• According to the invention, an optical engine is directly attached to a surface of a toilet bowl. The optical engine comprising a first light source, and a first detector. A portion of the urine is captured and analyzed on an optical element of the optical engine. User feedback of the analyzed urine is given visually on or near the optical element when the analysis is complete. An optical element of the optical engine may form at least part of a slit, indentation, trench, pattern, divot, concavity, prism, lens array, or diffraction grating where the urine is analyzed. One or more temperature sensors may contact the optical element or the urine. The temperature sensors may be used to detect the urine entering the toilet and to control a temperature of the urine. A cleaning jet may be used to clean and dry the optical element. The cleaning jet may spray water, air, or a combination thereof. The light engine may comprise one or more polarizers, patterned polarizers, lenses, micro-lens arrays, patterned micro-lens arrays, diffraction gratings, nano-structured optical elements, optical retarders, nano-structured patterned lenses, light collimators, or light detectors. An optical element used to assist in analyzing the urine may comprise one or more polarizers, patterned polarizers, lenses, micro-lens arrays, patterned micro-lens arrays, diffraction gratings, nano-structured optical elements, cover glass, beam splitting cubes, optical interfaces, mirrors, optical retarders, nano-structured patterned lenses, fiber optic lines, fiber optic interfaces, light collimators, or light detectors. The optical element may comprise a hydrophobic surface coating or a hydrophilic surface coating. The toilet may comprise a cleaning jet which cleans the recess. The cleaning jet may be located above the recess. The cleaning jet may spray water, air, cleaning solution, or a combination thereof to clean and dry the recess. A cleaning solution may be used in combination with water, air, or a combination of water and air to clean the recess. The optical engine may comprise a first beam splitter. The optical engine may comprise a second beam splitter. The first beam splitter and the second beam splitter may be polarization beam splitters. The first beam splitter and the second beam splitter may be coaxially located on an optical axis. The optical engine may comprise a second light source. The optical engine may further comprise a second detector. The optical engine may further comprise a second light source, a second detector, and a first beam splitter. The optical engine may use both reflection and transmission modes to analyze the urine. A controller may be operably connected to the optical engine. The controller may comprise a wireless or wired transceiver. The toilet may comprise a heater in thermal communication with the optical element. The heater may be resistive or inductive. The optical engine may be glued to a surface of the bowl. The surface may be an inner bowl surface or an outer bowl surface. Optical feedback may be provided to the toilet user of an out-of-range urine measurement by visually modulating or illuminating a urine capture area. The illumination may indicate to the user that the results are out of a normal range and they need to look at the full urinalysis results. The illumination may indicate to the user that the results are normal and they don't need to look at the full urinalysis results. A red light may indicate that at least one of the urinalysis results are out of range and a green light may indicate that all of the results are in a normal range. A portion of the received urine may be captured and analyzed on an optical element of the optical engine. An optical engine may include refractometers, spectrometers, glucose polarimeters, laser scatterometers, turbidity detectors, microscopes, or a combination thereof. An optical element of the optical engine may form at least part of a slit, indentation, trench, pattern, divot, concavity, prism, lens array, or diffraction grating. An optical engine may include one or more amplitude modulated light source. An optical engine may share one or more light sources with multiple detectors. An optical element of the optical engine may include a trap region that traps urine via surface tension. The trap region may comprise a longitudinal dimension in a longitudinal direction and a transverse dimension in an orthogonal transverse direction, the longitudinal dimension being at least twice the transverse dimension. Two or more detectors within the optical engine may share an amplitude modulated light source. The recess may form a slit, groove, indentation, trench, pattern, divot, concavity, prism, lens, lens array, or diffraction grating. The recess may comprise a hydrophobic surface coating or a hydrophilic surface coating. The toilet may comprise a cleaning jet which cleans the recess. The cleaning jet may spray water, air, or a combination thereof. The toilet may comprise a cleaning jet which cleans the recess. The cleaning jet may be located above the recess. The cleaning jet may spray water, air, cleaning solution, or a combination thereof to clean and dry the recess. A cleaning solution may be used in combination with water, air, or a combination of water and air to clean the recess. The recess may comprise a temperature sensor. The optical engine may comprise a temperature sensor. The temperature sensors may be used to detect the urine entering the recess and to control a temperature of the recess. The optical engine may use a shared optical path between multiple detectors. The optical engine may comprise one or more beam splitter. The beam splitters may be polarization beam splitters or non-polarization beam splitters or a combination thereof. One or more controllers may be operably connected to the optical engine. The one or more controllers may each comprise a wireless or wired transceiver. The optical engine or toilet may comprise a heater. The toilet may comprise a heater in thermal communication with the optical element. The heater may be resistive or inductive. The optical engine may be glued to a surface of the bowl.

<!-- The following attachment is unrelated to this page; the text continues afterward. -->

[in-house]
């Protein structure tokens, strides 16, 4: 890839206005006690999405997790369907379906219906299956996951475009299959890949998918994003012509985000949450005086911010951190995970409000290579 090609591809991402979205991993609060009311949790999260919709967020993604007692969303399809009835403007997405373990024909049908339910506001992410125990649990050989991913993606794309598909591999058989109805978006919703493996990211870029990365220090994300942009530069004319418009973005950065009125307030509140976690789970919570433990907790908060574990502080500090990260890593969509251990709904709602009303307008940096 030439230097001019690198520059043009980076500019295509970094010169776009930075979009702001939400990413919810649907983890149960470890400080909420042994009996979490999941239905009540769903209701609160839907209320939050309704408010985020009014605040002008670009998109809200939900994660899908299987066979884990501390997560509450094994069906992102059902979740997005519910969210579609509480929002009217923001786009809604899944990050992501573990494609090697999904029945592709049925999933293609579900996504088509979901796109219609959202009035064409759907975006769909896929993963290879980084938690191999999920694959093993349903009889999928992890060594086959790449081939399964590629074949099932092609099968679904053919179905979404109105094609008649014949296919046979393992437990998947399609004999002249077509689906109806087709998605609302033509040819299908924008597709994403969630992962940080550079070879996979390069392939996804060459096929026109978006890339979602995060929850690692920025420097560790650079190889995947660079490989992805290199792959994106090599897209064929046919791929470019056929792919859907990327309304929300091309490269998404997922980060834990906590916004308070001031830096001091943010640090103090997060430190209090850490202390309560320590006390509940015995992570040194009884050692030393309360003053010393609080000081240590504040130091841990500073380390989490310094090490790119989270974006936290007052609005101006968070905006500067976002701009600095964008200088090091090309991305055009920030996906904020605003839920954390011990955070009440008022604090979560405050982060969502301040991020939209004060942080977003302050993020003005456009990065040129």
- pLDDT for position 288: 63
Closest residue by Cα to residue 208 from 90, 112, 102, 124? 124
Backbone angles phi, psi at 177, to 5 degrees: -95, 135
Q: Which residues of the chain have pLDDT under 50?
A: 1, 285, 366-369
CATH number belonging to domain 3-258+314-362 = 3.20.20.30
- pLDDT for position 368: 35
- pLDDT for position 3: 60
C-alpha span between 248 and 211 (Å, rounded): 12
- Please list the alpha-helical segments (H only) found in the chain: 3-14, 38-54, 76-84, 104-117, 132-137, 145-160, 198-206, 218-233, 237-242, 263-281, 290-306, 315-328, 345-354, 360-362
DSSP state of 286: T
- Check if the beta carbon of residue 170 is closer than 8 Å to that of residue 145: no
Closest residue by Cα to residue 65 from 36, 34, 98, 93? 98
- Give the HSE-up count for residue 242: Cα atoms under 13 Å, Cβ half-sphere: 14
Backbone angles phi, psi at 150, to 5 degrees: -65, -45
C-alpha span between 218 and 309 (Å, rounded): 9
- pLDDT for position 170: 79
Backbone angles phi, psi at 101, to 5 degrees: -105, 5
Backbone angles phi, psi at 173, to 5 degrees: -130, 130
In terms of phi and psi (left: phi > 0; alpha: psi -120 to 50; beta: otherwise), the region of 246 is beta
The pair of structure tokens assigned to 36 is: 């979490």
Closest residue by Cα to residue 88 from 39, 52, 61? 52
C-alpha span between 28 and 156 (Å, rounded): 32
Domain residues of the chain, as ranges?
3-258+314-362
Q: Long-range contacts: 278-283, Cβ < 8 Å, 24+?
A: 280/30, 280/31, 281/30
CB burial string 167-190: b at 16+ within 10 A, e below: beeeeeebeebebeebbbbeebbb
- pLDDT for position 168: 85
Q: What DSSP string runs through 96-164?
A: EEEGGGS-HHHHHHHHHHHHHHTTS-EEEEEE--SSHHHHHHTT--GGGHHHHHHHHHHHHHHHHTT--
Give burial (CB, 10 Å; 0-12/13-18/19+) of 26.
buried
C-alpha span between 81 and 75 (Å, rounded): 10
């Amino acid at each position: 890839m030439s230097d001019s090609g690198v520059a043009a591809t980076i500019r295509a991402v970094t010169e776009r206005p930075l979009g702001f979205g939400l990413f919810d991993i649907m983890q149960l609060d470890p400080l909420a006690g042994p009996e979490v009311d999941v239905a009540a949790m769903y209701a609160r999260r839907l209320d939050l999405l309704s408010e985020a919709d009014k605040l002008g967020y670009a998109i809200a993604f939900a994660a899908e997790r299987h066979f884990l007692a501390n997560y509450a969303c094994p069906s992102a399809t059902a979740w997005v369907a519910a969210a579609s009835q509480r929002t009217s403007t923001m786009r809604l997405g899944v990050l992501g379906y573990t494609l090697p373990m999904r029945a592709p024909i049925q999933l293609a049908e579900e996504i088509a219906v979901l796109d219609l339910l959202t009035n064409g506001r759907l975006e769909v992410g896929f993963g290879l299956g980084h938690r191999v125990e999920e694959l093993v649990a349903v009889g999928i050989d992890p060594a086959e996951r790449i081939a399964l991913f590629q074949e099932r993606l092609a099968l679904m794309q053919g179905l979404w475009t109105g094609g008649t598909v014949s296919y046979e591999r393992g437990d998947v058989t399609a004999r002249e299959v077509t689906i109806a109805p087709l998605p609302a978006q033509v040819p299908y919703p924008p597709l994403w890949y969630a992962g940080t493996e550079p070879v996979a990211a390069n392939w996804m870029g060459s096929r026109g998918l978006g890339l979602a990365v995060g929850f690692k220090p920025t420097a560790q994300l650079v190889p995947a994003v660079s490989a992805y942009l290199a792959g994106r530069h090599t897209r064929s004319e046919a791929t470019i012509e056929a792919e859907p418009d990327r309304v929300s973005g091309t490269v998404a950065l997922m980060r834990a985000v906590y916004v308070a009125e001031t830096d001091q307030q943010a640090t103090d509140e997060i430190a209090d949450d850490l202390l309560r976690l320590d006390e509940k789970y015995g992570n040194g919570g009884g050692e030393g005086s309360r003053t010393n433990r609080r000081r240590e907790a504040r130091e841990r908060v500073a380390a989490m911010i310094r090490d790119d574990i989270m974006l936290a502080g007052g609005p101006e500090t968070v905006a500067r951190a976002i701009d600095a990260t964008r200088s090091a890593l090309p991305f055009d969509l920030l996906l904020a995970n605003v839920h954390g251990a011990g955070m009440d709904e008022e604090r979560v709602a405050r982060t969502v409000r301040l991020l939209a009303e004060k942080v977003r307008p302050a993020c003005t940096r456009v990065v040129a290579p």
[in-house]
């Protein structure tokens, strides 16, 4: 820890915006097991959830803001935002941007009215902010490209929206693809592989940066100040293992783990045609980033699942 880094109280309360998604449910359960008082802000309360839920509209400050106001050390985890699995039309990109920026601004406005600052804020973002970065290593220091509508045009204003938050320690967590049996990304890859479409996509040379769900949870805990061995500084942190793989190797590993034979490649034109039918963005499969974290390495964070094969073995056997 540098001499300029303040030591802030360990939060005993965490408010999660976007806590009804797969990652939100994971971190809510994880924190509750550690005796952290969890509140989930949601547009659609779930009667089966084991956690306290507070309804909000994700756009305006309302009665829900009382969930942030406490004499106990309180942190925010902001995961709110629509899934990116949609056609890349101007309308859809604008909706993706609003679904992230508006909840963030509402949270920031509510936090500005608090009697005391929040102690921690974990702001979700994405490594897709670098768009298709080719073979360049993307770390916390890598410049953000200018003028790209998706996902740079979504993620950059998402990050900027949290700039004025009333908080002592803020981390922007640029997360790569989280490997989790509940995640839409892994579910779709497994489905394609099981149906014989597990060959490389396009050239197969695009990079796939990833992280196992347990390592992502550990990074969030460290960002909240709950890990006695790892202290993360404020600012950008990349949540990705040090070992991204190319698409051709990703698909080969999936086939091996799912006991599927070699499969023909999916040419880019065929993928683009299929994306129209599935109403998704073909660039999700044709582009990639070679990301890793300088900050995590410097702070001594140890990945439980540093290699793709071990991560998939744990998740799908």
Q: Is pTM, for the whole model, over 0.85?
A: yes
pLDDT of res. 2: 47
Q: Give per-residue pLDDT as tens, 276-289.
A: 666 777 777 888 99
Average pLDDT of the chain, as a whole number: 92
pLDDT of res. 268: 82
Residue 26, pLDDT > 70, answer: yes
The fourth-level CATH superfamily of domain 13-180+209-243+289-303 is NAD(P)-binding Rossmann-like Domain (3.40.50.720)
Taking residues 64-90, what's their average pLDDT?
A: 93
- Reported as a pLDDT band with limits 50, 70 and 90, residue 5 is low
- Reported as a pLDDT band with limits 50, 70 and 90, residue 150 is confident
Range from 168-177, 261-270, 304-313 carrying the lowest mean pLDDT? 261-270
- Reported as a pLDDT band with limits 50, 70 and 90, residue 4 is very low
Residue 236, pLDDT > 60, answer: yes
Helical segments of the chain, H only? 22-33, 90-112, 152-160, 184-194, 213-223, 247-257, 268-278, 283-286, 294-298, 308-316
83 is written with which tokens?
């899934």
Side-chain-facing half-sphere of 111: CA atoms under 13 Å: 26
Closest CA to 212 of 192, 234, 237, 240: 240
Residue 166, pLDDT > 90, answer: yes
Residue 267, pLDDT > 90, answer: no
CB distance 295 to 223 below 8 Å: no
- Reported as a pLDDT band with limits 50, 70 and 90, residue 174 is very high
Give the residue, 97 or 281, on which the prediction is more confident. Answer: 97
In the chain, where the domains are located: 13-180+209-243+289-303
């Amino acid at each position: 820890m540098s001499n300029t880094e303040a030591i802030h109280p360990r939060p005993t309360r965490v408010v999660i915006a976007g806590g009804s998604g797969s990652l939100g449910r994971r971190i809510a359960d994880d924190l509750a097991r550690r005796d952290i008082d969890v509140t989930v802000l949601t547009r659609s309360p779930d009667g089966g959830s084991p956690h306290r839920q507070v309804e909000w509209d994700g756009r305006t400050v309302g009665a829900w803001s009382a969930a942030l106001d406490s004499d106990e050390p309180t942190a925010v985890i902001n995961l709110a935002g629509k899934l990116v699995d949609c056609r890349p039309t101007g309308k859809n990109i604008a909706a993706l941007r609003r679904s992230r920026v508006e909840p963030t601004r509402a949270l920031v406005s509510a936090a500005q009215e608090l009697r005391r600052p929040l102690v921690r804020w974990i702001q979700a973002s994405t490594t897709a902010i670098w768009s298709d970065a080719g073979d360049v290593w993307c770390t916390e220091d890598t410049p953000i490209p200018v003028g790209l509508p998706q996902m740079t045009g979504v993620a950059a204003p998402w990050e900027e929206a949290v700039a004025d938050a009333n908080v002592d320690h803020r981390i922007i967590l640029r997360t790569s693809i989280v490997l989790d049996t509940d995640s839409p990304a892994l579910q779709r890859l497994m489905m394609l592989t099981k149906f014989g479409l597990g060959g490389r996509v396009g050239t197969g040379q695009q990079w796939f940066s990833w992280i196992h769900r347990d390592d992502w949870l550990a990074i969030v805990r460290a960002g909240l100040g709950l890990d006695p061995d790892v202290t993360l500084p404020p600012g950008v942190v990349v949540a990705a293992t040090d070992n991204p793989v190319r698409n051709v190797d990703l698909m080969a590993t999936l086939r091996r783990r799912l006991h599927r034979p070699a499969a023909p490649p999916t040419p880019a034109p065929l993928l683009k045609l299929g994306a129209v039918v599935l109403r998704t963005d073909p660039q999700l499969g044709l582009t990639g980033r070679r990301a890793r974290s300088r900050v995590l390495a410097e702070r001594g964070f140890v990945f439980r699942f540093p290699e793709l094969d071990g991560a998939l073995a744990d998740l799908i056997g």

• In an example optical engine, a collimated polarized light source, such as laser light collimated from a single mode fiber passes through the urine trapped in a recess. The beam may be divided by a non-polarizing beam-splitters and sent to a microscope objective to relay the beam to a camera for heterodyne near field light scattering measurements, useful for determining the particle size distribution in the urine. Hemoglobin, leukocytes and oxalate crystals are quite different in size and arise from different health conditions (kidney damage, urinary tract infection and kidney stone problems, respectively, for an example. The light scattering instrument path is bent downward by the beam splitter to create more space for the potentially bulky objective lens. Part of the laser beam may pass to a polarizing beam splitter allowing a differential measurement of the polarization state of the laser, which will depend on the glucose concentration, primarily. A differential measurement is particularly sensitive to small changes in polarization state and is suitable for shorter path length measurements than typical polarimeters which use 10 cm path length. A refractometer may be constructed from an LED, an optional aperture, an optical coupling element such as a prism and a detector with spatial resolution such as a segemented photodiode, position sensitive photodiode or camera. A range of incident angles may strike the urine from the bottom. Some rays totally internally reflect and create a bright portion on a detector. Other rays partially transmit and provide a lower level of illumination. A polarizer can optionally be included for better resolution. A refractometer may be oriented such the light path is in the plane of the long direction of the slit, rather than a short direction with advantages for optical alignment. A camera may also be used to detect scattered light from a laser, for measuring turbidity. A multi-wavelength light source and wavelength-sensitive detection can be included for spectroscopic or color measurements, as described hereinafter. A microscope may be used to accomplish microscopic analysis of the urine. Optical instruments within the optical engine may share a light source with homodyne near field scattering. Detectors may be masked photodiodes or (CCD, LCOS, CMOS) cameras when discrimination against a split out light path is desired. For robustness the entire optical engine assembly may be cemented together.